By Logan Perrone
Minute Made Park in Houston was left in stunned silence following Wednesday night’s Game 2 of the World Series, as Washington breaks out in a blowout 12-3 victory.
Like in Game 1, both clubs sent out All-Star caliber pitching to the mound, with the Astros handing the ball to Justin Verlander and the Nationals trusting Stephen Strasburg. And, just like in Game 1, the bats of both lineups produced early.
A double in the top of the first from Adam Eaton scored two, with Houston answering right back in the bottom half of the inning with an Alex Bregman two-run blast to left. From there, Verlander and Strasburg would be lights out, with both pitchers holding the tie through the sixth inning.
The game started spiraling out of control for Houston in the seventh. Nats’ catcher Kurt Suzuki launched a lead-off homer off Verlander’s hundredth pitch of the game to break the tie.
“He doesn’t make many mistakes” Suzuki said. “When you get a pitch to hit you can’t miss it.”
The Nationals would explode for five more runs in the seven, three in the eighth and one in the ninth, while the bullpen would allow only two hits in the same time span.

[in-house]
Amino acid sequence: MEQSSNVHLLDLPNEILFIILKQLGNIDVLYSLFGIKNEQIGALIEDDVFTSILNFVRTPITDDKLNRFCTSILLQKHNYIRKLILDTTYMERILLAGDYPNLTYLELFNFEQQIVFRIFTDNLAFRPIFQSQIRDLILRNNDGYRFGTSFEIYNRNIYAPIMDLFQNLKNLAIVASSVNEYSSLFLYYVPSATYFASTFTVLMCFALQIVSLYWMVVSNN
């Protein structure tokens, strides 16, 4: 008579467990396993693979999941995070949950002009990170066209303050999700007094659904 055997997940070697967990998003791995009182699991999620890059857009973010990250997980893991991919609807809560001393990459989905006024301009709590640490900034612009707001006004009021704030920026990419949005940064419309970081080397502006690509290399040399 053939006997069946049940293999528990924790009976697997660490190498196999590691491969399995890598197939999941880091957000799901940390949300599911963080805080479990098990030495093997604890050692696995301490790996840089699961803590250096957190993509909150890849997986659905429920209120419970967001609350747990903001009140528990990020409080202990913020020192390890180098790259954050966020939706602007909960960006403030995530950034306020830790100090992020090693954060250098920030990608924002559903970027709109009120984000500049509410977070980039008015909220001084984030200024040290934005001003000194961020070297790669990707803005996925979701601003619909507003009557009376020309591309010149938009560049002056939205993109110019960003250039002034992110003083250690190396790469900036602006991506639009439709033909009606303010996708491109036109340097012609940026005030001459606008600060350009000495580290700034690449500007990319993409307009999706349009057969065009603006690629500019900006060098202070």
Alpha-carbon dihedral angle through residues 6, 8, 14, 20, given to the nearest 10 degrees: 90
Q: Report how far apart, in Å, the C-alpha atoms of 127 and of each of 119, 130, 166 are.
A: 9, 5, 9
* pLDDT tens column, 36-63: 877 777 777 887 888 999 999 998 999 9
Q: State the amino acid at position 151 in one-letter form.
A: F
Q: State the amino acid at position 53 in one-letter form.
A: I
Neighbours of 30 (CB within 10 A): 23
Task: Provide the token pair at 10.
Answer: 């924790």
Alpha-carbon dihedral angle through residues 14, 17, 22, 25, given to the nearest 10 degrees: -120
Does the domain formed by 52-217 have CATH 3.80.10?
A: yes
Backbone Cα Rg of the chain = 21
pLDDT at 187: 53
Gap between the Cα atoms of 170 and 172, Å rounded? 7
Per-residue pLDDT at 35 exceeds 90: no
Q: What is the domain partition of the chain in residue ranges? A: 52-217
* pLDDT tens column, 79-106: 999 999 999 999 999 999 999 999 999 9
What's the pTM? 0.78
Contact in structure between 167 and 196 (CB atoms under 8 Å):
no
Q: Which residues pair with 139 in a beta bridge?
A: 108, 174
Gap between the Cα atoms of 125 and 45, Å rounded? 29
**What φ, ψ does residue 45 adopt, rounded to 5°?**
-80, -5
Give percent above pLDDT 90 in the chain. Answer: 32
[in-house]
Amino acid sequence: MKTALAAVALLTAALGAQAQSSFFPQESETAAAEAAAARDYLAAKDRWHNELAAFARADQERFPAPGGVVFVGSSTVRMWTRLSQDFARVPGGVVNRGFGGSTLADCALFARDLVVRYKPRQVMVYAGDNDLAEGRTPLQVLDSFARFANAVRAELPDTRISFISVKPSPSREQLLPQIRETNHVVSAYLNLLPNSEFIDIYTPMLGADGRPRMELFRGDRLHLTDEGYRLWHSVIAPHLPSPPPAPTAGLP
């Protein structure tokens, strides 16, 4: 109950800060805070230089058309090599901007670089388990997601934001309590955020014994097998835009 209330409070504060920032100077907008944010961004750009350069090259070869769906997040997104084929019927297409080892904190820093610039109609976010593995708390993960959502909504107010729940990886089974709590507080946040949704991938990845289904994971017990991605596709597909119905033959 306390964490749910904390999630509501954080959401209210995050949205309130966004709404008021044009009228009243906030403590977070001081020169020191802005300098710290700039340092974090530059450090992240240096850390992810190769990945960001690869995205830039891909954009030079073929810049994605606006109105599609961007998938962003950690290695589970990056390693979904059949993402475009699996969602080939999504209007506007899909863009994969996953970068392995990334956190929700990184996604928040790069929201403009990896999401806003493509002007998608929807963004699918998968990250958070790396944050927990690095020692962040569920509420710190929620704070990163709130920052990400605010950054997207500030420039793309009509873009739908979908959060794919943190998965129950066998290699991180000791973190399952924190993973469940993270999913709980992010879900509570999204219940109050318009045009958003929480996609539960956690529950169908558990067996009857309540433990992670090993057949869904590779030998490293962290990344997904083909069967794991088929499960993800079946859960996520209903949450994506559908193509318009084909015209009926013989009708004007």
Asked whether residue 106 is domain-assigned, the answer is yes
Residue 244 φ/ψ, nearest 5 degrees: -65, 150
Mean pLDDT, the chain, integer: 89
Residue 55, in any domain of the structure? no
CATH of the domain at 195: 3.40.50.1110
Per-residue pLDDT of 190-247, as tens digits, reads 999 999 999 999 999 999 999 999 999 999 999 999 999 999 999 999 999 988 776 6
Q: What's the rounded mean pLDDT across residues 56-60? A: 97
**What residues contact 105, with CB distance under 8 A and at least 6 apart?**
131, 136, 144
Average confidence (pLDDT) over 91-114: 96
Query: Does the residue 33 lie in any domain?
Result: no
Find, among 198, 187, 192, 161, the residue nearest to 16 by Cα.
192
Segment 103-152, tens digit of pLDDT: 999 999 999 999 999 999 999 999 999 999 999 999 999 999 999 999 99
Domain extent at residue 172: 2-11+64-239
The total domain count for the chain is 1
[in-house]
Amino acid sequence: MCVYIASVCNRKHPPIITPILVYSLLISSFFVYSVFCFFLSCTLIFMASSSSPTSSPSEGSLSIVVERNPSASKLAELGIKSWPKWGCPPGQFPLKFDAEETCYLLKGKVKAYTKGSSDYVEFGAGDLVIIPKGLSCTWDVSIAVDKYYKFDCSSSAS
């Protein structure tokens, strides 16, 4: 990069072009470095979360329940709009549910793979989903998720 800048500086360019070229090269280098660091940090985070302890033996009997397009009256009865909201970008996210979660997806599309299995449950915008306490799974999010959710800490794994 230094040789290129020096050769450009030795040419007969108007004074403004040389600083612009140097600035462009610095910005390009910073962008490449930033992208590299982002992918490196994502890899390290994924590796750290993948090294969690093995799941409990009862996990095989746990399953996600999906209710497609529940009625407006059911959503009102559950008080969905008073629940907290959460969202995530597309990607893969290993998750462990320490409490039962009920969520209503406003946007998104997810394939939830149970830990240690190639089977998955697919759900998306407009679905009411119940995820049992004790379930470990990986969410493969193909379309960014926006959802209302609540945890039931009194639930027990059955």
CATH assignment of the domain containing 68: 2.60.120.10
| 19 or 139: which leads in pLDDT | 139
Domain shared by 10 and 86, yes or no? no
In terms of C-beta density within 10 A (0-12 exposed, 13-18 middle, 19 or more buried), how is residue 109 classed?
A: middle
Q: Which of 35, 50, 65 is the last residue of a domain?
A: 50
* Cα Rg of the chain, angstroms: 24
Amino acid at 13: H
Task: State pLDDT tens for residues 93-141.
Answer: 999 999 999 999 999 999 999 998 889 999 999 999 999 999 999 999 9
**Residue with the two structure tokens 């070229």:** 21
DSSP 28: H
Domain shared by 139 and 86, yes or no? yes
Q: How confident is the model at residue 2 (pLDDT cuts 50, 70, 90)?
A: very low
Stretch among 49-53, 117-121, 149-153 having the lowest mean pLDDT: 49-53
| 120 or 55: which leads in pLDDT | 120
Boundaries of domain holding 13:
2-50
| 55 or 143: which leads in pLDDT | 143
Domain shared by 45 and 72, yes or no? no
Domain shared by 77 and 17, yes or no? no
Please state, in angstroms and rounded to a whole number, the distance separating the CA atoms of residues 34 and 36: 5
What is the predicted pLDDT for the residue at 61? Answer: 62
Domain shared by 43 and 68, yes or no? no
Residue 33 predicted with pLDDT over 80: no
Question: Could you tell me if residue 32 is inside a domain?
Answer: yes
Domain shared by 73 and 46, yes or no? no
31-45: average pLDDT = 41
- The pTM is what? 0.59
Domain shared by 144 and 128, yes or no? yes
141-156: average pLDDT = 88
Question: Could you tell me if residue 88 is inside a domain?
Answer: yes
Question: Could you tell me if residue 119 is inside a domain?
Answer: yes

Despite great starting pitching on both rosters, the series has forced both teams to dip into their bullpens. Thus far, the series had featured twelve relievers who have tossed a total of twelve innings. Hitters from both the AL and NL champs have been jumping on pitchers early, leaving them with high pitch counts in the middle innings.
For Houston, the disappointing start to the series is quite the surprise, as their odds to win the series were one of the greatest of any world series in the last decade. Their Cy Young frontrunners have gotten smacked around by the relentless Washington lineup and the bullpen has failed to stop the onslaught.
For the Nats, they have been on fire at the dish. They have twenty-one hits and eighteen runs, hitting up and down the lineup consistently. They are also riding an eight-game win streak, tied for the longest in postseason history, while also having now won eighteen of their last twenty.
The series shifts to Washington D.C. Friday, marking the first Fall Classic game played in the Capital in 86 years. Anibal Sanchez is scheduled to face off against Zack Greinke, with first pitch set for 8:07 p.m. ET.
Edited by Emma Moloney | firstname.lastname@example.org